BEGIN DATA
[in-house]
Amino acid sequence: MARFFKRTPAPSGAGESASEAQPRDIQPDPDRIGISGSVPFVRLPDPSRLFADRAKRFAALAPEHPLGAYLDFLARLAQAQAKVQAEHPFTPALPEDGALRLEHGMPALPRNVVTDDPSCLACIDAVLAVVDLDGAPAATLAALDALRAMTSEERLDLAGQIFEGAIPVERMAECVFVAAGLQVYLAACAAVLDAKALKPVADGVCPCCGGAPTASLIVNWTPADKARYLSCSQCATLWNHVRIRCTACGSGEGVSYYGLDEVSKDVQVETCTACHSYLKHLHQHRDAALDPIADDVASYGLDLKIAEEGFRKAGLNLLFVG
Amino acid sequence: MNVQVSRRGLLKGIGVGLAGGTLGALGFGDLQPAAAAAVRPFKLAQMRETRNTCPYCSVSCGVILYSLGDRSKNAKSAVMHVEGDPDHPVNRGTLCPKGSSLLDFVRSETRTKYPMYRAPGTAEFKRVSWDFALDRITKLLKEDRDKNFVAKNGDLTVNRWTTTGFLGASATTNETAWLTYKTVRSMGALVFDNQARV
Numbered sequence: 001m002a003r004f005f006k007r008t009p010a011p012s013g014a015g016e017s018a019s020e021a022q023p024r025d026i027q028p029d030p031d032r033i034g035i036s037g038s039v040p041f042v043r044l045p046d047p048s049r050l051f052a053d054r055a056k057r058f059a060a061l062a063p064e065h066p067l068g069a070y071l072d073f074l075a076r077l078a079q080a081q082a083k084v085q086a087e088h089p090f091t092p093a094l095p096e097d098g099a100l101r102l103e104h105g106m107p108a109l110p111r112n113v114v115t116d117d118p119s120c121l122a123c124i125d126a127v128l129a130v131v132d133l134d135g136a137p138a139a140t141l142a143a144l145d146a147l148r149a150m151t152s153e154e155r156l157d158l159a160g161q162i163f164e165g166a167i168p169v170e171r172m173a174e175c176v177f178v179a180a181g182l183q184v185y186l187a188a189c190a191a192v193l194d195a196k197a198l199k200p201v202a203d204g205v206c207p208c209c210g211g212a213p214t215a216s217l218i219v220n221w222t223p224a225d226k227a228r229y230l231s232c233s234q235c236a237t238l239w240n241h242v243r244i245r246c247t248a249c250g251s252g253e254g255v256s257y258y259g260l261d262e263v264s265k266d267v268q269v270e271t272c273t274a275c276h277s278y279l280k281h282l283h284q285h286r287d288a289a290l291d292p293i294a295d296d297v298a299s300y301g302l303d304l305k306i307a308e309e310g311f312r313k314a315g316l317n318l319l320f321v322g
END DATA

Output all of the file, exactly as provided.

[in-house]
Amino acid sequence: MARFFKRTPAPSGAGESASEAQPRDIQPDPDRIGISGSVPFVRLPDPSRLFADRAKRFAALAPEHPLGAYLDFLARLAQAQAKVQAEHPFTPALPEDGALRLEHGMPALPRNVVTDDPSCLACIDAVLAVVDLDGAPAATLAALDALRAMTSEERLDLAGQIFEGAIPVERMAECVFVAAGLQVYLAACAAVLDAKALKPVADGVCPCCGGAPTASLIVNWTPADKARYLSCSQCATLWNHVRIRCTACGSGEGVSYYGLDEVSKDVQVETCTACHSYLKHLHQHRDAALDPIADDVASYGLDLKIAEEGFRKAGLNLLFVG
Amino acid sequence: MNVQVSRRGLLKGIGVGLAGGTLGALGFGDLQPAAAAAVRPFKLAQMRETRNTCPYCSVSCGVILYSLGDRSKNAKSAVMHVEGDPDHPVNRGTLCPKGSSLLDFVRSETRTKYPMYRAPGTAEFKRVSWDFALDRITKLLKEDRDKNFVAKNGDLTVNRWTTTGFLGASATTNETAWLTYKTVRSMGALVFDNQARV
Numbered sequence: 001m002a003r004f005f006k007r008t009p010a011p012s013g014a015g016e017s018a019s020e021a022q023p024r025d026i027q028p029d030p031d032r033i034g035i036s037g038s039v040p041f042v043r044l045p046d047p048s049r050l051f052a053d054r055a056k057r058f059a060a061l062a063p064e065h066p067l068g069a070y071l072d073f074l075a076r077l078a079q080a081q082a083k084v085q086a087e088h089p090f091t092p093a094l095p096e097d098g099a100l101r102l103e104h105g106m107p108a109l110p111r112n113v114v115t116d117d118p119s120c121l122a123c124i125d126a127v128l129a130v131v132d133l134d135g136a137p138a139a140t141l142a143a144l145d146a147l148r149a150m151t152s153e154e155r156l157d158l159a160g161q162i163f164e165g166a167i168p169v170e171r172m173a174e175c176v177f178v179a180a181g182l183q184v185y186l187a188a189c190a191a192v193l194d195a196k197a198l199k200p201v202a203d204g205v206c207p208c209c210g211g212a213p214t215a216s217l218i219v220n221w222t223p224a225d226k227a228r229y230l231s232c233s234q235c236a237t238l239w240n241h242v243r244i245r246c247t248a249c250g251s252g253e254g255v256s257y258y259g260l261d262e263v264s265k266d267v268q269v270e271t272c273t274a275c276h277s278y279l280k281h282l283h284q285h286r287d288a289a290l291d292p293i294a295d296d297v298a299s300y301g302l303d304l305k306i307a308e309e310g311f312r313k314a315g316l317n318l319l320f321v322g